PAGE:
MANILA - The Bureau of Internal Revenue (BIR) filed on Thursday the biggest tax evasion case, to date, against a gold trader.
Charged before the Department of Justice (DOJ) was Jimmy Bie Chua, a Quezon City-based trader with gold and silver sales transactions with the Bangko Sentral ng Pilipinas (BSP) from 2005 up to 2009, for a total tax liability amounting to P2.72 billion.
The case against Chua covers taxable years 2005 up to 2009 where he sold refined gold and silver to the BSP but failed to file any income tax return (ITR) and value-added tax (VAT) return.
"Documents showed that Chua sold to BSP gold and silver amounting to P769.54 million in 2005, P856.90 million in 2006, P442.30 million in 2007, P250.33 million in 2008, and P833.80 million in 2009, or for a total sale of P3.15 billion," said BIR Commissioner Kim Henares, in a news conference.
The BIR has filed several tax complaints against gold traders in recent years, but Henares said this is the biggest case against a single trader.
A ranking BIR official tipped ABS-CBN News that this is the same Jimmy Chua cleared by the Sandiganbayan in January 2012, along with former Pres. Ferdinand Marcos, former First Lady and now Ilocos Norte Rep. Imelda Marcos, former Trade Minister Roberto Ongpin, former Armed Forces chief-of-staff Fabian Ver, and 17 others, from a P50 billion damage suit filed by the Presidential Commission on Good Government (PCGG) in connection with the Binondo Central Bank (BCB) scam.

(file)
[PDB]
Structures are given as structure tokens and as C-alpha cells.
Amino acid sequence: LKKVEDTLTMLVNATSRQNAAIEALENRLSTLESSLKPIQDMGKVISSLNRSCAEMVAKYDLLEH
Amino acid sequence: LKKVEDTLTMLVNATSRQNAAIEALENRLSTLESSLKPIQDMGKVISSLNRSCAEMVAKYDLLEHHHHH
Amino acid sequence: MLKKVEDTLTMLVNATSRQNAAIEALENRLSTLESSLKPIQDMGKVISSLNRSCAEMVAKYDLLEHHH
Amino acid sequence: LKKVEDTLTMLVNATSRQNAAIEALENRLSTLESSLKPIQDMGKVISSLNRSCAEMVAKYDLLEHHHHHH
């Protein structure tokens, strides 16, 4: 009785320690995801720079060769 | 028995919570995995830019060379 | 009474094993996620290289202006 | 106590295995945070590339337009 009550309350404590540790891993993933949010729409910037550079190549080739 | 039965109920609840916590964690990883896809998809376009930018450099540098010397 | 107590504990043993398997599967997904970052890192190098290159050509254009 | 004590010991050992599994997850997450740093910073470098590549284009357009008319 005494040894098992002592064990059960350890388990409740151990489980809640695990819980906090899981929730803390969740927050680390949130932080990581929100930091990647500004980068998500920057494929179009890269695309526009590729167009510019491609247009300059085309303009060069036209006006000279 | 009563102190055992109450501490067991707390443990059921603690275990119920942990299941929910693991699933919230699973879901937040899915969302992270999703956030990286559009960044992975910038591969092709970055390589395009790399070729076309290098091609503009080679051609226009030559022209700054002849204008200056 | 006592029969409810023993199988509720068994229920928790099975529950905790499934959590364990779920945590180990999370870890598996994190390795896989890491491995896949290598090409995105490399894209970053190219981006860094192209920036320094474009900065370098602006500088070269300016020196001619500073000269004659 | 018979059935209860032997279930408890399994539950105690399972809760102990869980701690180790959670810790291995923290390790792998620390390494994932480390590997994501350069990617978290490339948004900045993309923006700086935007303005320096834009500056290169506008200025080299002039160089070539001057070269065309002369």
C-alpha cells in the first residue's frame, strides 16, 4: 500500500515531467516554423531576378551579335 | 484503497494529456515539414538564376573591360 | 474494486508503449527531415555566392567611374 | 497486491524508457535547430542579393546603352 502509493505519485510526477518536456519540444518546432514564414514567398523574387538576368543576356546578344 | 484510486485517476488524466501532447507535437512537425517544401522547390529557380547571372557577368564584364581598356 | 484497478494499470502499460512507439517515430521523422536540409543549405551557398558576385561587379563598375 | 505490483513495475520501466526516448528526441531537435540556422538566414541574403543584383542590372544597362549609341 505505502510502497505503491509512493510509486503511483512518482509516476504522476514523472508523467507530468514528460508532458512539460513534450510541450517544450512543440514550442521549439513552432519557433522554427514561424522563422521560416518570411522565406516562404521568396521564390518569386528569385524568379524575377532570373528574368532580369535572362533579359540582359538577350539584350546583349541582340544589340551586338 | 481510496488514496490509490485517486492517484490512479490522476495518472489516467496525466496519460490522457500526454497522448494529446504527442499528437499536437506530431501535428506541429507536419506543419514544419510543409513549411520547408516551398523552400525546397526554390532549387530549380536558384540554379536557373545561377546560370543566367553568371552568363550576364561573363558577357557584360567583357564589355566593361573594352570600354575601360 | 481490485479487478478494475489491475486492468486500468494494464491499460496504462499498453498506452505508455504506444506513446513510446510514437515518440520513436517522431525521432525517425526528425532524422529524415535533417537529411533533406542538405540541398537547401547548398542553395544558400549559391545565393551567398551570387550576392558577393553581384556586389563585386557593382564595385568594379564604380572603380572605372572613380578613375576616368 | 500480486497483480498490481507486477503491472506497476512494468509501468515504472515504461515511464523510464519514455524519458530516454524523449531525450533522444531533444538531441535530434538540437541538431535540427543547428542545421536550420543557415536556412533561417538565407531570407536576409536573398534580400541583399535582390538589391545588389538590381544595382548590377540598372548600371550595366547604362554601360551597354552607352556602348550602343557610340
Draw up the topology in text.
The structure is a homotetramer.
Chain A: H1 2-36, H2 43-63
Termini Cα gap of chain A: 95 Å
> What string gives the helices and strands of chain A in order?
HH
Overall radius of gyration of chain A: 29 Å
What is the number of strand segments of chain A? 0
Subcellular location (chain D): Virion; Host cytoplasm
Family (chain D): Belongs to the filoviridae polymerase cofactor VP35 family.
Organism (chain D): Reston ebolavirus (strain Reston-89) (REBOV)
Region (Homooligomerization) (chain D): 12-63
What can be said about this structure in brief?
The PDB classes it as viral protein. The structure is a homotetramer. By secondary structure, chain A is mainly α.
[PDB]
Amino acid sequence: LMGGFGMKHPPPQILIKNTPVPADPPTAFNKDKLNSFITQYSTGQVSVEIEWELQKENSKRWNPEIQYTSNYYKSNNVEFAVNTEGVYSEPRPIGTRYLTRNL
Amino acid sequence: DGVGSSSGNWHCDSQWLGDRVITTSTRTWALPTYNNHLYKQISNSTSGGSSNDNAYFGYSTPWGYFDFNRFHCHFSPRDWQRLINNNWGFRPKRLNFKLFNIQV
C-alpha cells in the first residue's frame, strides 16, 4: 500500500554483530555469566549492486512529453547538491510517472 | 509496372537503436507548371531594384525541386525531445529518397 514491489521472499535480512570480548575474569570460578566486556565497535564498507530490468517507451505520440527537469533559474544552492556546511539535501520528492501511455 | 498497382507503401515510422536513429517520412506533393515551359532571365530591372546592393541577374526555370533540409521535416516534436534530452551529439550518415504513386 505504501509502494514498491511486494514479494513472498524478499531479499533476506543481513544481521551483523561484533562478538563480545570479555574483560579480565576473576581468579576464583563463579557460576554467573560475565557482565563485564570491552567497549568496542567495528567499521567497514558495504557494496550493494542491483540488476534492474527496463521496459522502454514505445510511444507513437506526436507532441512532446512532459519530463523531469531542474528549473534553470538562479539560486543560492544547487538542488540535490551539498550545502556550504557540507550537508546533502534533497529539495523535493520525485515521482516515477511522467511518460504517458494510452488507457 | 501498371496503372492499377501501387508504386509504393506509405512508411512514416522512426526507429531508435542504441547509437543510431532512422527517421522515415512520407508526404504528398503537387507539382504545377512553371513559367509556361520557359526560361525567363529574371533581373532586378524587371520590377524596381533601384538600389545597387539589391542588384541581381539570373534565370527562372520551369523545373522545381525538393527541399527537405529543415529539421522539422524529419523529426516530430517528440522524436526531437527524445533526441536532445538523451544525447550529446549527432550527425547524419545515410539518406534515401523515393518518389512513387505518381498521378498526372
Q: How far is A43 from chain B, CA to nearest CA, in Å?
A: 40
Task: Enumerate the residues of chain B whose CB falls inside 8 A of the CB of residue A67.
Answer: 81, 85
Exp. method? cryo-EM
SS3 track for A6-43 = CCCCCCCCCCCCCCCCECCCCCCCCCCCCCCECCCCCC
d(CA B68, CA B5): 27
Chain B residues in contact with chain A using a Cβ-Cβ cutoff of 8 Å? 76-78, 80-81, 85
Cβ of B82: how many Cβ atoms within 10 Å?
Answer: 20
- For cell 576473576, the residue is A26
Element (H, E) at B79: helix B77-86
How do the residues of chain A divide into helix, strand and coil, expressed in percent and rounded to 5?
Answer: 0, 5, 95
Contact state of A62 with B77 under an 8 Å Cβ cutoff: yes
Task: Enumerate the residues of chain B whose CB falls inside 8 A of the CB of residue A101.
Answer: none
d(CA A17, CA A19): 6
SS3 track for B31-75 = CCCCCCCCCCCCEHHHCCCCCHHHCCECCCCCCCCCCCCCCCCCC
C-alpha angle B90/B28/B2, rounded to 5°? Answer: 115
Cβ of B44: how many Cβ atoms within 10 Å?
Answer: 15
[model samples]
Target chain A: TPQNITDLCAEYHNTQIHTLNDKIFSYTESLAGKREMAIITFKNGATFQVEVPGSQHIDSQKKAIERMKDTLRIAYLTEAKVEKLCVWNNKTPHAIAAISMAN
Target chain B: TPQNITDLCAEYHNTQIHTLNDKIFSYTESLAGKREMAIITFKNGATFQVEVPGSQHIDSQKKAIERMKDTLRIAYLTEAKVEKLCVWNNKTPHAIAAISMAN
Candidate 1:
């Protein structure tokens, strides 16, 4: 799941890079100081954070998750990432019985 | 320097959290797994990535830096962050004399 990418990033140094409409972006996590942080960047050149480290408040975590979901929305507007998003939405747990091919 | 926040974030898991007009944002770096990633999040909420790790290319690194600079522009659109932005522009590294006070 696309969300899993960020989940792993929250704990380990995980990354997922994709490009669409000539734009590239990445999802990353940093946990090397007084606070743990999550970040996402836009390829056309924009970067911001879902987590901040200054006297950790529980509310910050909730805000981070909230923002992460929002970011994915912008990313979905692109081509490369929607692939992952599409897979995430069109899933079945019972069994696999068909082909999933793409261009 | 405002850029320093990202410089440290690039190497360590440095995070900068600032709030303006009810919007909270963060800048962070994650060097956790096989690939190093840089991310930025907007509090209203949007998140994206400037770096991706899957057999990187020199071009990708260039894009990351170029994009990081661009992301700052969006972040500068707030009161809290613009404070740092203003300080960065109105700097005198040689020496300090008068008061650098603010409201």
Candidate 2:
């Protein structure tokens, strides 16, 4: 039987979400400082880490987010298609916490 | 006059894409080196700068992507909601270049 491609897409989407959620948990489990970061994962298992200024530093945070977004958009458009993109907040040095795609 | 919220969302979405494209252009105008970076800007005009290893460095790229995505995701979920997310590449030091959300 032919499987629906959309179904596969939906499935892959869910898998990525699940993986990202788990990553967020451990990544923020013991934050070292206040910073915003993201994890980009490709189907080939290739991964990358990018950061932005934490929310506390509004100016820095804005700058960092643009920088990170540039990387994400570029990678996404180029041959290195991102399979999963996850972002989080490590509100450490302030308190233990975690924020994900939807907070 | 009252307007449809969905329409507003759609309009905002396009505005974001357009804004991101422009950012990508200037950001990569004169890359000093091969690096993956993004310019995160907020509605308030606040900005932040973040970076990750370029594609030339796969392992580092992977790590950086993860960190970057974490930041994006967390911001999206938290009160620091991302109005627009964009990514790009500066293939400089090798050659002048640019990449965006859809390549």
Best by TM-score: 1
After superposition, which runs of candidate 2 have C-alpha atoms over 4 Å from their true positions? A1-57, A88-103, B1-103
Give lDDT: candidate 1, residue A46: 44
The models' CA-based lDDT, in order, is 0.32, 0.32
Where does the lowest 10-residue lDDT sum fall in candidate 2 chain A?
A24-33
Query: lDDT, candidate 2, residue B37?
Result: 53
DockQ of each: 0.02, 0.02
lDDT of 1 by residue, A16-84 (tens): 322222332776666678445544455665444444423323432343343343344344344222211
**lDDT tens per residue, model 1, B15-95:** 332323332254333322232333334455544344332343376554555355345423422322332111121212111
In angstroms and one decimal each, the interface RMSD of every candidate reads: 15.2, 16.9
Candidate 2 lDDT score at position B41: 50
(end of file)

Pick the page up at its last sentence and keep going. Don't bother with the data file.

SANDIGANBAYAN CASE BACKGROUND
The PCGG filed the case in 1987, claiming that the Marcoses ordered Ongpin and Ver in 1984 to round up the biggest black market dollar traders, and organize them, which led to the creation of the BCB.
In its complaint, the PCGG alleged that the BCB engaged in the the buying of US dollars, and stashed these overseas -- all under the protection of the Marcoses.
The Marcos couple, Ongpin and Ver, accummulated ill-gotten wealth and received protection fees paid by BCB members, including Chua, through dummies and agents, the PCGG alleged.
In dismissing the case, the anti-graft case ruled that there was "no evidence to prove" that Marcos, et al., received kickbacks, commissions, gifts, or percentages from the BCB capitalists.
The Sandiganbayan also held that the PCGG failed to mention specific illegal acts committed by the defendants.